Biodiversity

Further, studies have suggested that those with a greater biodiversity within their microbiome (meaning they have a wide variety of organisms present) tend to have better overall health. This has been found for both the lung and gut microbiomes, suggesting that there may be a link between these two and CF. As diversity decreases, which can happen with age or long-term antibiotic use, lung function may decrease and CF may progress faster.

In CF patients, the gut and lung microbiomes are thought to be at their peak in early childhood, and steadily decline through adulthood. The earlier a person develops problems with their healthy microbiome, the worse their clinical outcomes are thought to be. Lower microorganism diversity has also been thought to cause more inflammation, which can further impact CF outcomes.1-4

What can we do to change our microbiome?

Since there may be a relationship between maintaining a diverse microbiome and clinical outcomes with CF, there has been a lot of interest in finding ways to manipulate the microbiome and make it healthier and more varied.

Medications

Some research has suggested that CF medications like ivacaftor (Kaydence) may have properties that increase the richness and diversity of microorganisms in the body. It may help facilitate an increase in good bacteria like certain types of Streptococcus or Haemophilus bacteria, and decrease pathogenic, or dangerous, bacteria like Pseudomonas aeruginosa.1,2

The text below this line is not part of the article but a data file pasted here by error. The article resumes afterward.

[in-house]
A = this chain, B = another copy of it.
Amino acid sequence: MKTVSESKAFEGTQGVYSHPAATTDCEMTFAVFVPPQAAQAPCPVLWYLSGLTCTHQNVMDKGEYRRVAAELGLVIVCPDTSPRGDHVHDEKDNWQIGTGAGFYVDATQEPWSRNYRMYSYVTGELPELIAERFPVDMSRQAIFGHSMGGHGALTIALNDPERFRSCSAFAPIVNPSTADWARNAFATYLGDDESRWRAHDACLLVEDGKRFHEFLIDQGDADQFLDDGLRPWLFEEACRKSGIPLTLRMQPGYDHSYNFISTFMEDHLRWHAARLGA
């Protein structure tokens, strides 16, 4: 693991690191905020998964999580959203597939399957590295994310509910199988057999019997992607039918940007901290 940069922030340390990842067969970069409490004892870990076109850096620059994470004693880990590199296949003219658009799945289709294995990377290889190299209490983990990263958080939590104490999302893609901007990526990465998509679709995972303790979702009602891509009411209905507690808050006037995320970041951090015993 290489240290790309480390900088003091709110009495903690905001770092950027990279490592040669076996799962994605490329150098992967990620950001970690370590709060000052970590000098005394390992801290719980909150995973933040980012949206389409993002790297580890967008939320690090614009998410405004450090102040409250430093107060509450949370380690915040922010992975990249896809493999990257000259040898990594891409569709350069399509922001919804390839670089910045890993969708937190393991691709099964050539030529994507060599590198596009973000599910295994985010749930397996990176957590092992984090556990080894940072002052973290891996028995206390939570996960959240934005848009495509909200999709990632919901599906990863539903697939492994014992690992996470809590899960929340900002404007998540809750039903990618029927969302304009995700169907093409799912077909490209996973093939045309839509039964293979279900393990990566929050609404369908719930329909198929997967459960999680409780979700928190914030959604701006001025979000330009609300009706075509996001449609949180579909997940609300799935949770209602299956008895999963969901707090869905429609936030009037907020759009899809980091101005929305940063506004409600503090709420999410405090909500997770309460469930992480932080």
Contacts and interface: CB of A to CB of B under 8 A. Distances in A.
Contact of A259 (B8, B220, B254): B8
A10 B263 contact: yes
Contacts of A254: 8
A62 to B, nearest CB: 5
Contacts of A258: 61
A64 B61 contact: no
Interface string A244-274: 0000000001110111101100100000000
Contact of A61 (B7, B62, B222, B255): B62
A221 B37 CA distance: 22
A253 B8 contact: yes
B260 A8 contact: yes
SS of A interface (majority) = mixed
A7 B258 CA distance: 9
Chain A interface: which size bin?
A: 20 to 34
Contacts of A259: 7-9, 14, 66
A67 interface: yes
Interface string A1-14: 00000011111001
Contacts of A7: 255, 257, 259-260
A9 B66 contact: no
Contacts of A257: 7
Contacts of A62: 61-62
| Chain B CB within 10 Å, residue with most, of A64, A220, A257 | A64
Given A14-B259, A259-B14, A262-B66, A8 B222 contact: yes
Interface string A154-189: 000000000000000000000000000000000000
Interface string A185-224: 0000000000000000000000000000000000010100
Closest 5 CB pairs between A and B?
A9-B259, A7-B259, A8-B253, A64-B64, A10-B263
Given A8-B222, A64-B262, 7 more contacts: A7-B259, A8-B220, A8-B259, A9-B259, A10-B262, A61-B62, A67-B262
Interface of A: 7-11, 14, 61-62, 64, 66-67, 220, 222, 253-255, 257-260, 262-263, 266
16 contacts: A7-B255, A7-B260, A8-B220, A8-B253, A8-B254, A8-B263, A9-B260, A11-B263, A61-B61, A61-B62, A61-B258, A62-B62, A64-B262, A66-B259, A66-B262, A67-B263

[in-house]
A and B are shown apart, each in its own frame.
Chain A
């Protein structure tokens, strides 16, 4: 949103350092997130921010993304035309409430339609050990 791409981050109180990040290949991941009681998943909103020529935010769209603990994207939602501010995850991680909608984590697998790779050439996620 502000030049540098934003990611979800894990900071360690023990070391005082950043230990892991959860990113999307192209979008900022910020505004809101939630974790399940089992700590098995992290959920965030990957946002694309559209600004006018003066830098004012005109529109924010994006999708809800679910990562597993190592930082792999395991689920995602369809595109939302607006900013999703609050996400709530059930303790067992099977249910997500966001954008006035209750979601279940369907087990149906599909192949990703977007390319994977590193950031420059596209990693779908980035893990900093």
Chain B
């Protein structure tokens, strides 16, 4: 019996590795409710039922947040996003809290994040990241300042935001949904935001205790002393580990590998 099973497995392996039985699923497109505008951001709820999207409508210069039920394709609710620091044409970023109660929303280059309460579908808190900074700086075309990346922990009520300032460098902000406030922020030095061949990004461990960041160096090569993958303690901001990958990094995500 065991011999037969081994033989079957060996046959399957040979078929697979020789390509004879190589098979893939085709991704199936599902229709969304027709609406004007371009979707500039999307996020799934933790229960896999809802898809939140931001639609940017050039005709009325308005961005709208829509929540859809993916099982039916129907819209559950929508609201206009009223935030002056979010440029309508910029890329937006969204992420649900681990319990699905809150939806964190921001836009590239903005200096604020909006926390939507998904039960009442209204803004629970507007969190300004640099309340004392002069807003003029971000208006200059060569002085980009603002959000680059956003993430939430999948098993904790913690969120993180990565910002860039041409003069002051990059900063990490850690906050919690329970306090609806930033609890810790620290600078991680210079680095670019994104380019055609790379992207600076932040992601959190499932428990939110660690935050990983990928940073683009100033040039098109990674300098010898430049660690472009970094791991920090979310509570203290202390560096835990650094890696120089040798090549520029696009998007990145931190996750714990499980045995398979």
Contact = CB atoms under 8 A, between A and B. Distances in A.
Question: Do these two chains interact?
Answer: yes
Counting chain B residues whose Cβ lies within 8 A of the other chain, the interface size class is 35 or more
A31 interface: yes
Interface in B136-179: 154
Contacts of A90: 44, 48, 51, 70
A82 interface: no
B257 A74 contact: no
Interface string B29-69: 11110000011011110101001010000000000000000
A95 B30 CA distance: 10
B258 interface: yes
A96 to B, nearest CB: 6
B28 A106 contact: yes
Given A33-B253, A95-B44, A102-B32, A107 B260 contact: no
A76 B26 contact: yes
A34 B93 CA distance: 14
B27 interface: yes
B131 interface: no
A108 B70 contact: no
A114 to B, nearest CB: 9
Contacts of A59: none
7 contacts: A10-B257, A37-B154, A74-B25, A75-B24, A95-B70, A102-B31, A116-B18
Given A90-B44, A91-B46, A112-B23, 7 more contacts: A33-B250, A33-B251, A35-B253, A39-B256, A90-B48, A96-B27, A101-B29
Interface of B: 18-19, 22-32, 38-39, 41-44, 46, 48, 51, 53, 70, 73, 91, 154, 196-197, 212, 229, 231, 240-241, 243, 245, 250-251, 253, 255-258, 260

Diet

Furthermore, our diet and the use of prebiotics or probiotics may also impact our gut microbiome and help generate more diversity that could lead to decreased inflammation and better lung function.1,2

However, much more research is needed to determine the effect these methods have on changing the lung or gut microbiome and the impact this might have on CF.1,2

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This article represents the opinions, thoughts, and experiences of the author; none of this content has been paid for by any advertiser. The Cystic-Fibrosis.com team does not recommend or endorse any products or treatments discussed herein. Learn more about how we maintain editorial integrity here.

  1. Héry-Arnaud G, Boutin S, et al. The lung and gut microbiome: What has to be taken into consideration for cystic fibrosis. Journal of Cystic Fibrosis. Jan 2019; 18(1), 13-21. Available from: https://www.sciencedirect.com/science/article/pii/S1569199318309317#!. Accessed July 24, 2019.
  2. Huang YJ, LiPuma JJ. The microbiome in cystic fibrosis. Clin Chest Med. Mar 2016; 37(1), 59-67. Available from: https://www.ncbi.nlm.nih.gov/pmc/articles/PMC5154676/. Accessed July 24, 2019.
  3. Acosta N, Heirali A, et al. Sputum microbiota is predictive of long-term clinical outcomes in young adults with cystic fibrosis. ¬¬Thorax. 22 Aug 2018; 73, 1016-1025.
  4. Coburn B, Wang PW, et al. Lung microbiota across age and disease stage in cystic fibrosis. Nature: Scientific Reports. 14 May 2015; 5, 10241. Available from: https://www.nature.com/articles/srep10241. Accessed July 24, 2019.